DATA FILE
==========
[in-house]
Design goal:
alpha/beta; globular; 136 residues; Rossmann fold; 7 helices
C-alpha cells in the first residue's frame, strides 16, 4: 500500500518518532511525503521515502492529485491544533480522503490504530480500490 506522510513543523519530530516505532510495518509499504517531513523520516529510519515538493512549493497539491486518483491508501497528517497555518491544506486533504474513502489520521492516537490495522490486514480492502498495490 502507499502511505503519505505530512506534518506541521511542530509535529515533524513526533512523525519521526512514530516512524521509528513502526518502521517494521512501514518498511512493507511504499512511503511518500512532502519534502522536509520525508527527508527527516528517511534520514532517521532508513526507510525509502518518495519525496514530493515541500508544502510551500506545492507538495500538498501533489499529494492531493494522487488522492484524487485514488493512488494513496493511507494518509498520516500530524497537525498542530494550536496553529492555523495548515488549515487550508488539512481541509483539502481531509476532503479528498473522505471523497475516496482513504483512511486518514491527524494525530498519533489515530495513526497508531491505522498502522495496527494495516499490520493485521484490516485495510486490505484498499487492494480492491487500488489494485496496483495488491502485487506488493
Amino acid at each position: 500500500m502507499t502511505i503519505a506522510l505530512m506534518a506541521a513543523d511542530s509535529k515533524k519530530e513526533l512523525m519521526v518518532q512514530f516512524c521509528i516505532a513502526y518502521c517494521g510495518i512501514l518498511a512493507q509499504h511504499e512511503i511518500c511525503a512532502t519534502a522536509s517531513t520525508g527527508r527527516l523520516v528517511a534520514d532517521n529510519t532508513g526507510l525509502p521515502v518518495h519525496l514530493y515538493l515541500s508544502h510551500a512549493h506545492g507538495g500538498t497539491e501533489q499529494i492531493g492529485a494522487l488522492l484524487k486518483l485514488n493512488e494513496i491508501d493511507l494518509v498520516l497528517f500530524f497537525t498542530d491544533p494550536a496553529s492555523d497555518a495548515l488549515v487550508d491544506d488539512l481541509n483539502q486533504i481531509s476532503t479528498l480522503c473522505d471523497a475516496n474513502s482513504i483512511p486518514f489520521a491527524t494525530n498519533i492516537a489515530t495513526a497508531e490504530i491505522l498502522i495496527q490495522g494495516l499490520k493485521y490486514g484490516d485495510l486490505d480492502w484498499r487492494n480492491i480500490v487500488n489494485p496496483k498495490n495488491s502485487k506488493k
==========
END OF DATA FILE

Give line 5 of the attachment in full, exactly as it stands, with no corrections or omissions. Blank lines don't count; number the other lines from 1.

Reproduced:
Amino acid at each position: 500500500m502507499t502511505i503519505a506522510l505530512m506534518a506541521a513543523d511542530s509535529k515533524k519530530e513526533l512523525m519521526v518518532q512514530f516512524c521509528i516505532a513502526y518502521c517494521g510495518i512501514l518498511a512493507q509499504h511504499e512511503i511518500c511525503a512532502t519534502a522536509s517531513t520525508g527527508r527527516l523520516v528517511a534520514d532517521n529510519t532508513g526507510l525509502p521515502v518518495h519525496l514530493y515538493l515541500s508544502h510551500a512549493h506545492g507538495g500538498t497539491e501533489q499529494i492531493g492529485a494522487l488522492l484524487k486518483l485514488n493512488e494513496i491508501d493511507l494518509v498520516l497528517f500530524f497537525t498542530d491544533p494550536a496553529s492555523d497555518a495548515l488549515v487550508d491544506d488539512l481541509n483539502q486533504i481531509s476532503t479528498l480522503c473522505d471523497a475516496n474513502s482513504i483512511p486518514f489520521a491527524t494525530n498519533i492516537a489515530t495513526a497508531e490504530i491505522l498502522i495496527q490495522g494495516l499490520k493485521y490486514g484490516d485495510l486490505d480492502w484498499r487492494n480492491i480500490v487500488n489494485p496496483k498495490n495488491s502485487k506488493k